I just saw the 2017 movie Zama at the UWM Union Cinema as part of the 2018 Latin American Film Series, and it felt like an event, heightened by the cosmic-joke April weather, freezing rain going in, full-on ice-storm coming out. This was a highly anticipated movie by Argentinian director Lucrecia Martel, being nine years since her last film. I am a big fan of her 2002 movie, La Ciénaga (it's on my first list of my 100 all-time favorite movies!)—though I can't remember if I saw her subsequent movies, The Holy Girl (2004) and The Headless Woman (2008). How have I gotten to the point in my life where I cannot remember if I saw a movie or not? I think your brain just gets filled up, no different than with computer memory—there is a finite amount of memory available, and once it gets near capacity, funny things start to happen. That thing about us using only 10% of our brain? That's horseshit, like the thing about breakfast being the most important meal of the day. Think about how much information your brain takes in on even the most mundane day, every single sound and smell. What's different for different people is how they processes it. When I see movies like this one, about people in the “new world,” it always makes me think about what it must have been like mentally, in that it was so different from the land they came from, and they didn't have TV and movies to prepare them. Even if they didn't accidentally ingest substances to freak them out, just the sights and sounds, it must have been like a non-stop acid trip.

This is another movie where I felt like I was understanding about 10% of it, and I just use that as a round figure—maybe more, or maybe less—no way to know—but anyway, it's to some extent a portrait film, about this character Don Diego de Zama, and his struggles... with just about everything. It's based on a 1956 novel by Antonio di Benedetto—which I haven't read, though now I'm curious about it, to what extent the movie's odd tone, odd humor comes from the novel or the filmmakers. I will have to see more of Lucrecia Martel's films, too. When I first saw La Ciénaga I was thrown so off-balance by it that I wasn't sure how much I liked it until I saw it at a later date. I used to have a theory about Canadian cinema, that there was a particular oddity to it that you could feel more than explain. Sometimes I'd notice this about non-Canadian movies, which I'd then describe as “Canadian.” I got this feeling from some Argentine films I was seeing a lot of, though now I don't remember what, except for Alejandro Agresti's Buenos Aires Vice Versa (1996). Whether there is anything to this, I'm not so sure—though there seems to be some kind of odd humor from knowing that beyond your northern (or southern) border lies the uninhabitable—the unknowable, really.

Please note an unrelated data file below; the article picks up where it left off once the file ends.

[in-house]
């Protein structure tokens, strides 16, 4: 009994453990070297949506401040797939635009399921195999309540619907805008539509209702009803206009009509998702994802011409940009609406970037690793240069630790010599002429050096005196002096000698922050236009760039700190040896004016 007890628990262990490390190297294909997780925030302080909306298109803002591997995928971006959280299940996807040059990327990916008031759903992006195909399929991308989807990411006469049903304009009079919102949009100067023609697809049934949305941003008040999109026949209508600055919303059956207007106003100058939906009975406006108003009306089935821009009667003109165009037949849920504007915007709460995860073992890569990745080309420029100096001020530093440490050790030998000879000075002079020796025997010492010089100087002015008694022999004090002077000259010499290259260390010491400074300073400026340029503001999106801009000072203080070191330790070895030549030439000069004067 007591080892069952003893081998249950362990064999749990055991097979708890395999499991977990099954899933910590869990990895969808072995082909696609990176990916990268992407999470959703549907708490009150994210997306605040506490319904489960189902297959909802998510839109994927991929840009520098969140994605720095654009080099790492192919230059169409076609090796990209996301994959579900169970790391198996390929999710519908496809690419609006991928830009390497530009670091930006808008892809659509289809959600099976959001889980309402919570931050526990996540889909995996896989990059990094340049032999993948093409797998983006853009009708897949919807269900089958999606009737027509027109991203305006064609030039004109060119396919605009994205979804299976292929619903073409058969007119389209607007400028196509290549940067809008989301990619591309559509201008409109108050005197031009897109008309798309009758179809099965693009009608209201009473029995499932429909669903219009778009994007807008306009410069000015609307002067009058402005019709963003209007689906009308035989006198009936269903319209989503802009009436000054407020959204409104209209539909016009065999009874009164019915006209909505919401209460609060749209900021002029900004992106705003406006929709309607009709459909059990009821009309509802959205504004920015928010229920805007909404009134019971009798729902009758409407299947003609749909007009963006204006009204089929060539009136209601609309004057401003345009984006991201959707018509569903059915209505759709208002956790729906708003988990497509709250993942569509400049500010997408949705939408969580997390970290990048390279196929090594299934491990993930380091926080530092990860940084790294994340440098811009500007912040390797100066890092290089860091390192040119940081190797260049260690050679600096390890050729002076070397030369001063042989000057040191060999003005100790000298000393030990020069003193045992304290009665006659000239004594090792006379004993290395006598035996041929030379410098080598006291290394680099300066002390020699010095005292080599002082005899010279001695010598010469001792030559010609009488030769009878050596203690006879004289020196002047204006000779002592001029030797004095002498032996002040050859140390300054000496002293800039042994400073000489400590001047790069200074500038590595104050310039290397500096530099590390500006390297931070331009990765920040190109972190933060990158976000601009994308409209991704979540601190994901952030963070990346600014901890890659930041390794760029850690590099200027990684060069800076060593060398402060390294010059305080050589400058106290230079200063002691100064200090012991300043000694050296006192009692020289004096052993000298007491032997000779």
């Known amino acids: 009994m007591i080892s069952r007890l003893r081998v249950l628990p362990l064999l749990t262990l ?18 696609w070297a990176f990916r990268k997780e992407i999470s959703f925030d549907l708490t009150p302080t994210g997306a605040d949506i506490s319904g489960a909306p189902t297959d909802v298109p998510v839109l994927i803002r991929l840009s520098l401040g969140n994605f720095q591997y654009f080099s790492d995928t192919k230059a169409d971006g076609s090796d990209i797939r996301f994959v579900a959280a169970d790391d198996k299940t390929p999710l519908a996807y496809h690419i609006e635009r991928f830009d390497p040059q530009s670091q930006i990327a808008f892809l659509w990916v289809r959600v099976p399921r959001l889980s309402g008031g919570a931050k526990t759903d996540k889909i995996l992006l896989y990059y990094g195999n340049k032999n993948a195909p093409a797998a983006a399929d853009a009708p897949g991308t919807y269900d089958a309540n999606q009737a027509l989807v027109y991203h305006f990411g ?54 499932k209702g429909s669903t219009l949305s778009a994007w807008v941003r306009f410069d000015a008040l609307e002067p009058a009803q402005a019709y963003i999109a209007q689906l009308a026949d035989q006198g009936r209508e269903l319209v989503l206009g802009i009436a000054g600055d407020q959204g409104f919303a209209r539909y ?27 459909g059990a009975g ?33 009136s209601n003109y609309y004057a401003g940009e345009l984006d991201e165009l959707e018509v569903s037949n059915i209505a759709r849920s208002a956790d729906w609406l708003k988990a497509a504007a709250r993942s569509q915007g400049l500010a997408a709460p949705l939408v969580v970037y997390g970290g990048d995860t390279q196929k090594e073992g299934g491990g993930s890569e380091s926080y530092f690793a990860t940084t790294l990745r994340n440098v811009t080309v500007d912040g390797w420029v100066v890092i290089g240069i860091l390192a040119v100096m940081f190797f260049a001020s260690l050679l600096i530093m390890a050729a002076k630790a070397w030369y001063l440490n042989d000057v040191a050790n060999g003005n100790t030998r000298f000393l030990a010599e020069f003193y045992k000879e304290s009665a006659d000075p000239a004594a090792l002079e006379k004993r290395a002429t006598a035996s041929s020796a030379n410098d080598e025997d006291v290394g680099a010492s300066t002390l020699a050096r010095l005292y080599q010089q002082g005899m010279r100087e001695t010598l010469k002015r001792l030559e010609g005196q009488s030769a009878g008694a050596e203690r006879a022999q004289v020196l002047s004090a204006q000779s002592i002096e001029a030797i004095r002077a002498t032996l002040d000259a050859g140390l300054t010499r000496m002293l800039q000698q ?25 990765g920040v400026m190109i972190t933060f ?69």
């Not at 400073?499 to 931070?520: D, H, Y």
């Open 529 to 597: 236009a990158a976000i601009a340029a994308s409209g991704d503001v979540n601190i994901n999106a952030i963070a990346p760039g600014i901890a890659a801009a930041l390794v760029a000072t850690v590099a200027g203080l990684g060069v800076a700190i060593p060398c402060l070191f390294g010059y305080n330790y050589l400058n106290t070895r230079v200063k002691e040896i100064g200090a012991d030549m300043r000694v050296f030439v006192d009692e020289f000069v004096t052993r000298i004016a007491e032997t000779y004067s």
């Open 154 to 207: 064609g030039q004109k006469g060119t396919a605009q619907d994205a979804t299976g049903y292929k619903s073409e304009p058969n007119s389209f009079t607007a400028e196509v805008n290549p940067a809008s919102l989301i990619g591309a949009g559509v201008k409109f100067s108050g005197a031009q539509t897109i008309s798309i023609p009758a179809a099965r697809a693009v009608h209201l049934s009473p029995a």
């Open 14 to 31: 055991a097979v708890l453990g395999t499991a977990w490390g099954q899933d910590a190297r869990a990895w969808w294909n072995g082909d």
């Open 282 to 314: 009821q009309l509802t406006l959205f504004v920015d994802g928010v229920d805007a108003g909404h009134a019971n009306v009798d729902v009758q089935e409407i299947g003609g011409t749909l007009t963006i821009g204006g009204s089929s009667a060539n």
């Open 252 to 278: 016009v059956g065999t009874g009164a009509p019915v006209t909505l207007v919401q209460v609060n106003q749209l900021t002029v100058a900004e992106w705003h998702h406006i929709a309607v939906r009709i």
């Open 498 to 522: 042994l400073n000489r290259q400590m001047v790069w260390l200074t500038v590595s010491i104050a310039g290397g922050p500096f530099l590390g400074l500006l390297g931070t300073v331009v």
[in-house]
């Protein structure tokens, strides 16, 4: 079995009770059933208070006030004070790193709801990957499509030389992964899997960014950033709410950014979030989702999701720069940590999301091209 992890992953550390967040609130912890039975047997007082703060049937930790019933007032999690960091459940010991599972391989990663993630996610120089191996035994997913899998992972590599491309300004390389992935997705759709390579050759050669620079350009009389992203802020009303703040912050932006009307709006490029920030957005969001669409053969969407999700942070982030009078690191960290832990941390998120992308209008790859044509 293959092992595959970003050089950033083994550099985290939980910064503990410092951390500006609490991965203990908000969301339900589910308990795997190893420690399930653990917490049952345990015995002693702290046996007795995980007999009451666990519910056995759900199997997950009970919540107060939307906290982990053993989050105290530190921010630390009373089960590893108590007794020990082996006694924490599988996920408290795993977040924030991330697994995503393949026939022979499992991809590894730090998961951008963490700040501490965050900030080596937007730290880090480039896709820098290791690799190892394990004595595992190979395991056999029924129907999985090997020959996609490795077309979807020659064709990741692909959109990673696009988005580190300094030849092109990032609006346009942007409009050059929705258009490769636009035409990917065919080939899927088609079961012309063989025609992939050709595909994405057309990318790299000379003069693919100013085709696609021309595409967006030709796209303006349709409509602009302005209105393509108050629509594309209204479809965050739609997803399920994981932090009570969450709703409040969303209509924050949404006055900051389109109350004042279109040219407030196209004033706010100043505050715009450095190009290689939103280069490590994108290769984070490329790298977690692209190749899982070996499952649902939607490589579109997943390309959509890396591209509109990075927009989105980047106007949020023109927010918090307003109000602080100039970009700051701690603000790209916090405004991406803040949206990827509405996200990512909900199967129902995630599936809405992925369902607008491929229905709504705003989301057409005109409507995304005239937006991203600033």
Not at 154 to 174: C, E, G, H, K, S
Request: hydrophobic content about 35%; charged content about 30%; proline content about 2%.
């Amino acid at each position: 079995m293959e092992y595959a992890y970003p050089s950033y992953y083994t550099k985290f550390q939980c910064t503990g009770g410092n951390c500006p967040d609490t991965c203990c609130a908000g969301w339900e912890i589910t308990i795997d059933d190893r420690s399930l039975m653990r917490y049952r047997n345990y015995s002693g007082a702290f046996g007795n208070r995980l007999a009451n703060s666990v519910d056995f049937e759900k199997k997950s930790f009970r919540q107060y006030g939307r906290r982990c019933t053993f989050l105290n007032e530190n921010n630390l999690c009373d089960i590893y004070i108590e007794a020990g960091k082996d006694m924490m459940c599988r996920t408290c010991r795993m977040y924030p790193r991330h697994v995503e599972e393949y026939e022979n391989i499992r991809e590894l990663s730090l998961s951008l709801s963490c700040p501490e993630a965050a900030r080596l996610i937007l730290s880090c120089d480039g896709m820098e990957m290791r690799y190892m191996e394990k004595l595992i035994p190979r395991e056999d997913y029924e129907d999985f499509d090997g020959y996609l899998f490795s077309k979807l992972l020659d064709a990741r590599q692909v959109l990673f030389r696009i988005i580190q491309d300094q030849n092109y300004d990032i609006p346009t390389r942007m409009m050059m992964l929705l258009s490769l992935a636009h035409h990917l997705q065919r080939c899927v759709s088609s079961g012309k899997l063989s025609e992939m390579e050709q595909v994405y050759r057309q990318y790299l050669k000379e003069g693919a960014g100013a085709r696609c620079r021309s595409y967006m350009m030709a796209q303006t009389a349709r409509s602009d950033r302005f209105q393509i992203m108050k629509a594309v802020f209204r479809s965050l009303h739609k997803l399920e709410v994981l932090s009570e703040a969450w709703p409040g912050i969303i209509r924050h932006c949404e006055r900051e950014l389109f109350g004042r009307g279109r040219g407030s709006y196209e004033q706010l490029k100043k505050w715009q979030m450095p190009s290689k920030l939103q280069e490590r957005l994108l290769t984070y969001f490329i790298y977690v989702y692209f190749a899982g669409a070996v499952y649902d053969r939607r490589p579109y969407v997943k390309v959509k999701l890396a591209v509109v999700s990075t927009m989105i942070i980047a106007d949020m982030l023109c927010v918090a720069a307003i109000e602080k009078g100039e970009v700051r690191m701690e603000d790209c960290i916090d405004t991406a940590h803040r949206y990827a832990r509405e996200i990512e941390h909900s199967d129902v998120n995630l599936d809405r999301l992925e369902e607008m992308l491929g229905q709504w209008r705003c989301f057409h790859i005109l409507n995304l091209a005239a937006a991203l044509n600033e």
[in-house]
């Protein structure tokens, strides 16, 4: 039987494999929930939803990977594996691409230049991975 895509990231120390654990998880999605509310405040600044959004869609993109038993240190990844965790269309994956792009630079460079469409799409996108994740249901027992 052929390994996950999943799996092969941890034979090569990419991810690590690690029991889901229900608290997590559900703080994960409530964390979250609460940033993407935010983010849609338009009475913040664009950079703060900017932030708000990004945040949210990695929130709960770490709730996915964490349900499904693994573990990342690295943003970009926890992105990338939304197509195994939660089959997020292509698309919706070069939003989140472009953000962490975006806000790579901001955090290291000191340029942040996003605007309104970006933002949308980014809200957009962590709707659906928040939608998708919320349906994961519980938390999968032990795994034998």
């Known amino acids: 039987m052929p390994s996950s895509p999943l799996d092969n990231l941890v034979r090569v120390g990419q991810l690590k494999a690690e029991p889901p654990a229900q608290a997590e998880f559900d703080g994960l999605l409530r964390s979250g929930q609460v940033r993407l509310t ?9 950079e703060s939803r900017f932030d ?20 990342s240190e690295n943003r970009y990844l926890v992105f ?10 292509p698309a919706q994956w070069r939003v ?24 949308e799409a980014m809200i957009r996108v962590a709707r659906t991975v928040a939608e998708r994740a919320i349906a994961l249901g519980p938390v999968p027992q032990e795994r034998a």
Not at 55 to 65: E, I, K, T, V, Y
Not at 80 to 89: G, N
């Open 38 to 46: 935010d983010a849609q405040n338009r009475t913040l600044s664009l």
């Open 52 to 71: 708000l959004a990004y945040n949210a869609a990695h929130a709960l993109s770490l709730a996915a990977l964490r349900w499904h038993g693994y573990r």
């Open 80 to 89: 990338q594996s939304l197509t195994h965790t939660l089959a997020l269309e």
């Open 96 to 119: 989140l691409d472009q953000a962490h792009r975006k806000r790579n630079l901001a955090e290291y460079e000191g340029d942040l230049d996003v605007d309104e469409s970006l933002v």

I'm not sure how many of the years since Martel's last movie were spent on this one, but it definitely has the look of a work that saw more than a few seasons pass. Besides weather (it's virtually all outdoors location shooting), the number of funding sources in the opening credits is staggering. There are more end credits than a Marvel movie, and more producers than a Frankie Latina production. And animals; it's one thing putting dogs in your movie, but I've heard that llamas like to spit when unhappy with craft services. I'm imagining there could be a documentary about the making of this film as intense as Les Blank's Burden of Dreams (1982)—and of course you can't help thinking of Werner Herzog's Fitzcarraldo (1982) and Aguirre, the Wrath of God (1972)—the way you feel the presence of the filmmaker, relating to the travails of the characters. Here we follow Zama through one event after another, all of them frustrating, confusing, or just plain bad. I really liked the actor, Daniel Giménez Cacho, and wondered if I'd seen him before, but I don't think so—though he reminded me of someone, like he could be someone I know. The visual details are consistently stunning—there's always something in the back of the shot, something in nature, or weather, and animals are constantly wandering in and out of shots, so you want to just look at stuff. You can almost smell this movie. Zama wears pretty much the same soiled garments throughout, too hot for the weather, which look like they were expensive at one time. Unlike old Hollywood costume epics where you can almost smell the mothballs from the costume department, you really feel like the smells in this movie would be something you've never experienced, occasionally intoxicating and often unpleasant.